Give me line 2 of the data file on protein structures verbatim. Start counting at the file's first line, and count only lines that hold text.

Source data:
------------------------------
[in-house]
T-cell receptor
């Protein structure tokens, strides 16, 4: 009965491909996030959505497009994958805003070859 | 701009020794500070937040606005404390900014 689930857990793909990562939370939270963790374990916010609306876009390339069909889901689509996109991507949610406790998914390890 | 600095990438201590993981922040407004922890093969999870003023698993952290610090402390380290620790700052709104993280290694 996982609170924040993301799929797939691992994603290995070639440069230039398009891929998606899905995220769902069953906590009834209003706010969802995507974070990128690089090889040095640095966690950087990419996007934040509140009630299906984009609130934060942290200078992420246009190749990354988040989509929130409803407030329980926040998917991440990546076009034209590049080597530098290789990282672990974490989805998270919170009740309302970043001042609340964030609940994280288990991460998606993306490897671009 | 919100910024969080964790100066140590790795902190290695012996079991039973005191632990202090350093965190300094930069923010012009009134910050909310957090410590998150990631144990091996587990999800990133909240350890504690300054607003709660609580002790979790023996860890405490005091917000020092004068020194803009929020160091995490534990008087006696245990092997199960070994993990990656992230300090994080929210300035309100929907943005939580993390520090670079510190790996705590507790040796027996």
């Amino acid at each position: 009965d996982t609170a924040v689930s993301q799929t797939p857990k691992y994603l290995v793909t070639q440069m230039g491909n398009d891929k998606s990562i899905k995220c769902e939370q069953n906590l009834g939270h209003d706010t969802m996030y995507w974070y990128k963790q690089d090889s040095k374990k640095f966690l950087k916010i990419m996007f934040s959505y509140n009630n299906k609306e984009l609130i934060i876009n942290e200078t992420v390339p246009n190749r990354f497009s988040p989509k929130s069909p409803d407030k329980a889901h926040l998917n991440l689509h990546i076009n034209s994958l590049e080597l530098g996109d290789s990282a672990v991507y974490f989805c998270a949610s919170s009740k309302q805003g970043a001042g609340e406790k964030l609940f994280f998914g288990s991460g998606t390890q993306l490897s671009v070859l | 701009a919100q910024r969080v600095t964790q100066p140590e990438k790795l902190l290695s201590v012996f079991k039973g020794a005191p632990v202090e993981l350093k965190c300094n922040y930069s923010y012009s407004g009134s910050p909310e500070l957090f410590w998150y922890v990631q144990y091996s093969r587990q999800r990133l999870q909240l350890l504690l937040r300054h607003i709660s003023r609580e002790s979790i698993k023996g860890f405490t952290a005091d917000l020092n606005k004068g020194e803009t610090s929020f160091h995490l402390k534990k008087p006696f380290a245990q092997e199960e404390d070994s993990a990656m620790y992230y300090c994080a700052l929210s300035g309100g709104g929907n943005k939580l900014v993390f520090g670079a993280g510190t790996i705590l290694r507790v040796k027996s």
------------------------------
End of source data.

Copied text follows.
T-cell receptor